Tuesday, 16 October 2018

London Film Festival 2018: Duplicate by Bill Oliver



Genre cinema used to be underrepresented at mainstream film festivals not so long ago, so it is refreshing that is finally being embraced. Here at the London Film Festival, it is mostly (but not exclusively) in the Cult Strand, where Duplicate was presented.

In Duplicate, Jonathan (Ansel Elgort) is a career-minded young man with a regimented life, working in an architectural firm and without any sign of any love life or even friends. We see him communicate via recorded video-tapes with a man called John (also Ansel Elgort), who looks just like him but with a very different and more fun outlook on life. They share a bond on top of their very obvious resemblance, but we do not know what it is at first, and there are no signs of any other interactions between them apart from those messages. That bond is about to be jeopardised however as a series of events threaten their carefully planned daily routine.

Monday, 6 August 2018

First Reformed by Paul Schrader



First Reformed's opening shot slowly pushes in on an old church with a sense that it’s opening up an old religious text and releasing its teachings into our modern poisoned world. The film takes place in New York at First Reformed church, nearing its 250th anniversary, and is run by Ethan Hawke's Reverend Toller. The church, now more of a tourist attraction, feels out of place, of a world that no longer exists. Schrader cast Hawke, instead of younger more bankable actors, because he felt that Hawke finally had some wrinkles that suggested a lifetime of experiences. Schrader himself has been making movies for decades (notably the writer for Taxi Driver and Raging Bull), and this is the film he had to live a lifetime to finally make.

Thursday, 2 August 2018

Ant-Man and the Wasp by Payton Reed - Review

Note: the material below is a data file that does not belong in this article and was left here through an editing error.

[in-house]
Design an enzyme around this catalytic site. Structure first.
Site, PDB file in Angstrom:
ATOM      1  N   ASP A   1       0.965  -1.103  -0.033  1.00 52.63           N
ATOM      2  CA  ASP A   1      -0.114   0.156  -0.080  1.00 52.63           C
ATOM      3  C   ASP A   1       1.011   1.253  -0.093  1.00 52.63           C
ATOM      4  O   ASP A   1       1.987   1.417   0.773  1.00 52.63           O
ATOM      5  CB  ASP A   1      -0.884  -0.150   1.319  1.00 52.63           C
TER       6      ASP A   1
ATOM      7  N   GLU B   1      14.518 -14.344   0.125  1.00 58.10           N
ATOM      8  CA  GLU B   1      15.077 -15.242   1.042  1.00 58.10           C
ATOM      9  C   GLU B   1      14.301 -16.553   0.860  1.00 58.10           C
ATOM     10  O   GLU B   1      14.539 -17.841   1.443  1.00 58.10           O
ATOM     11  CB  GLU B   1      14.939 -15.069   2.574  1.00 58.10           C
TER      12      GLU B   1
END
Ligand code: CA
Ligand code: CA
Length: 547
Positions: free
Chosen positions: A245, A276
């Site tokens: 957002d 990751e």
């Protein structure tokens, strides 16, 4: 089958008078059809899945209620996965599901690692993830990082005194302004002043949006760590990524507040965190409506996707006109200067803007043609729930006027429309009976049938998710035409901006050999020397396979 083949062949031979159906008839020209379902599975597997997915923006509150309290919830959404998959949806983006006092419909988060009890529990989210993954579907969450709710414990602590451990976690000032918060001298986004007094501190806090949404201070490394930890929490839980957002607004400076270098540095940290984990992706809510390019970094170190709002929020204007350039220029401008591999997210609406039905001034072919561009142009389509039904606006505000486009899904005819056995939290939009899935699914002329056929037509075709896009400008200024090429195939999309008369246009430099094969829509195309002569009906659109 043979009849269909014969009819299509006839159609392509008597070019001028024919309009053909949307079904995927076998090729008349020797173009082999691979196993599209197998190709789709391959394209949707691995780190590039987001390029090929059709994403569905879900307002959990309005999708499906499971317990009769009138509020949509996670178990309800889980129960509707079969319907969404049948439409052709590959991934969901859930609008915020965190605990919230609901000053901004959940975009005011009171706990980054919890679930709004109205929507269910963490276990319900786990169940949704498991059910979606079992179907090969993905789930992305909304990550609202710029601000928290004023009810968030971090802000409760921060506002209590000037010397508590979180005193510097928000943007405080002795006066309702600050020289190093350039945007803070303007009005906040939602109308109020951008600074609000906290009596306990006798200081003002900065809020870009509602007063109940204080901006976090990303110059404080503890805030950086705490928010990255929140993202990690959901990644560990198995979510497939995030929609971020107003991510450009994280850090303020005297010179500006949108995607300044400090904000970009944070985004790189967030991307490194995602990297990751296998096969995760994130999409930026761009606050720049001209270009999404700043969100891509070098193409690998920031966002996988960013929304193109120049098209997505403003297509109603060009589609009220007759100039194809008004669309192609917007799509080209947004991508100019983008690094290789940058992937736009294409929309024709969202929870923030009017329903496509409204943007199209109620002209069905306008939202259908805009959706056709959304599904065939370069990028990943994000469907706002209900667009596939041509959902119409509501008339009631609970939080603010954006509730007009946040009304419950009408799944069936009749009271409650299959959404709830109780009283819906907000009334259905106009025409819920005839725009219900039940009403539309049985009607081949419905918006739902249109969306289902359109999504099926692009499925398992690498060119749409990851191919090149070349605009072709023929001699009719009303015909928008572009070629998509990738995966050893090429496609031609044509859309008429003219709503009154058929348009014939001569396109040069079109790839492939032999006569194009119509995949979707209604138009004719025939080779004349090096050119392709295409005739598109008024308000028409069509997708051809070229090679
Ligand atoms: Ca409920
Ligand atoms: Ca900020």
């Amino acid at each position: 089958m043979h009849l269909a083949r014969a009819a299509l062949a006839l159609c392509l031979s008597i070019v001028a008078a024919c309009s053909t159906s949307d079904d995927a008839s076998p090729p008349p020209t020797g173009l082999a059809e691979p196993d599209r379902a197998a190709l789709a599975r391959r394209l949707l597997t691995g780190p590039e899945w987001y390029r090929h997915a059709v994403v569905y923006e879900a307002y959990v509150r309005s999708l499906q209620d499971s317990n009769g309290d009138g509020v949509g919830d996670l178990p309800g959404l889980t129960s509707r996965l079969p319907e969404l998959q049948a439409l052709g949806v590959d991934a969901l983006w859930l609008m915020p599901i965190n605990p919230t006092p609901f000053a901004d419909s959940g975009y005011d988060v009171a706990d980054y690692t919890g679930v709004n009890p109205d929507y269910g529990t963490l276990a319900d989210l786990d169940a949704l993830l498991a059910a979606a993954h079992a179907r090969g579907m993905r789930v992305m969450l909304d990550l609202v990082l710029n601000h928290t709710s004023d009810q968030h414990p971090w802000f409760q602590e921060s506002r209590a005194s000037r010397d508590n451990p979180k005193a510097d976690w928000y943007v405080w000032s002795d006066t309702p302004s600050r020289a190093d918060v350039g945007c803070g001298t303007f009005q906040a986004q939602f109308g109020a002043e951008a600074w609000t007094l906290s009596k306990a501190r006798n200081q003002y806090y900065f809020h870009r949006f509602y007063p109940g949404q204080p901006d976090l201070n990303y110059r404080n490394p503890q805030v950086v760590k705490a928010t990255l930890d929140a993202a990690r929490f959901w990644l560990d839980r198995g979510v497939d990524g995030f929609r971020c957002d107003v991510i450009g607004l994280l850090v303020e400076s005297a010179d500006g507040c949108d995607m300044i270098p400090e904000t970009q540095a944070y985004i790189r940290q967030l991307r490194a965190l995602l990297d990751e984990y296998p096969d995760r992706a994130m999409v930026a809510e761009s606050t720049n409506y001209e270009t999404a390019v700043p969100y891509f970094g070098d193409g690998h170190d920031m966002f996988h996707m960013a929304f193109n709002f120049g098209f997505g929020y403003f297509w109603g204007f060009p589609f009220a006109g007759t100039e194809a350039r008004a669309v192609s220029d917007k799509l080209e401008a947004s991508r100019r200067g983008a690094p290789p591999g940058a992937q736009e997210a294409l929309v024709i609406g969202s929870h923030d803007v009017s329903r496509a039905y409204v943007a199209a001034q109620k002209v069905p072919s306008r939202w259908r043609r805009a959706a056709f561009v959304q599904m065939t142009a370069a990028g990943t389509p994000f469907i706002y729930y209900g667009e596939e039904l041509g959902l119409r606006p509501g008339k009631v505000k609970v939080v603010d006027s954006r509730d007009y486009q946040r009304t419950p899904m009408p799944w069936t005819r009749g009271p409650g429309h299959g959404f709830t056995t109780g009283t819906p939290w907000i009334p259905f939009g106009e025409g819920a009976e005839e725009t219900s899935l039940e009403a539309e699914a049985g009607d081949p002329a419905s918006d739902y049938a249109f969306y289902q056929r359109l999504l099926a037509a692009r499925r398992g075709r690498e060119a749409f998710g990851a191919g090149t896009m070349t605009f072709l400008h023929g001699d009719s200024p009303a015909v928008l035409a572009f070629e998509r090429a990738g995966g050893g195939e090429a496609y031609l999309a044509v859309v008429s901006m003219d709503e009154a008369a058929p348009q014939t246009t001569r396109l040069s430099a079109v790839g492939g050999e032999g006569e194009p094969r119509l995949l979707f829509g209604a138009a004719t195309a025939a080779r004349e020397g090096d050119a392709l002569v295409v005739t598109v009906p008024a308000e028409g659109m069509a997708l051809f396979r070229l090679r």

Reviewed by Andy Zachariason

2018 has already had two of Marvel's biggest films — both financially and culturally — and now comes a sequel starring everyone's favorite hero: Ant- Man. That this movie exists, and is a sequel to a movie about Paul Rudd as a shrinking man, is low-key the best example of what Marvel has accomplished. There's much to criticize in Marvel's filmmaking (or lack thereof), but their narrative railroading is a great feat at this point, and they've been driving so fast for a decade now that they can make movies about Ant-Man and they'll be successful. In the grand scheme of Marvel's superhero highway this might not some seem like an exit worth taking, but it's this outlier status that has made Ant-Man one of Marvel's better set of films.


Wednesday, 4 July 2018

Mary Shelley by Haifaa Al-Mansour


Reviewed by Linda Marric 


Director Haifaa Al-Mansour made cinematic history in 2012 when her critically acclaimed film Wadjda became the first feature film to be shot entirely in Saudi Arabia and the first to be directed by a female Saudi director. With the release of Mary Shelley, the director’s second feature and first English language film, Al-Mansour might seem like a million miles away from her humble beginnings, but on a closer look, it’s easy to see what motivated the director to dip her toes into such uncharted territories. Depicting the Frankenstein writer as a bright and angsty teenager with an unbridled lust for life and knowledge, Al-Mansour has managed to inject a real sense of adventure and youthful exuberance to a story which could have easily suffered the same fate as any other hackneyed costume drama biopic were it not for the commendable observational skills of its director.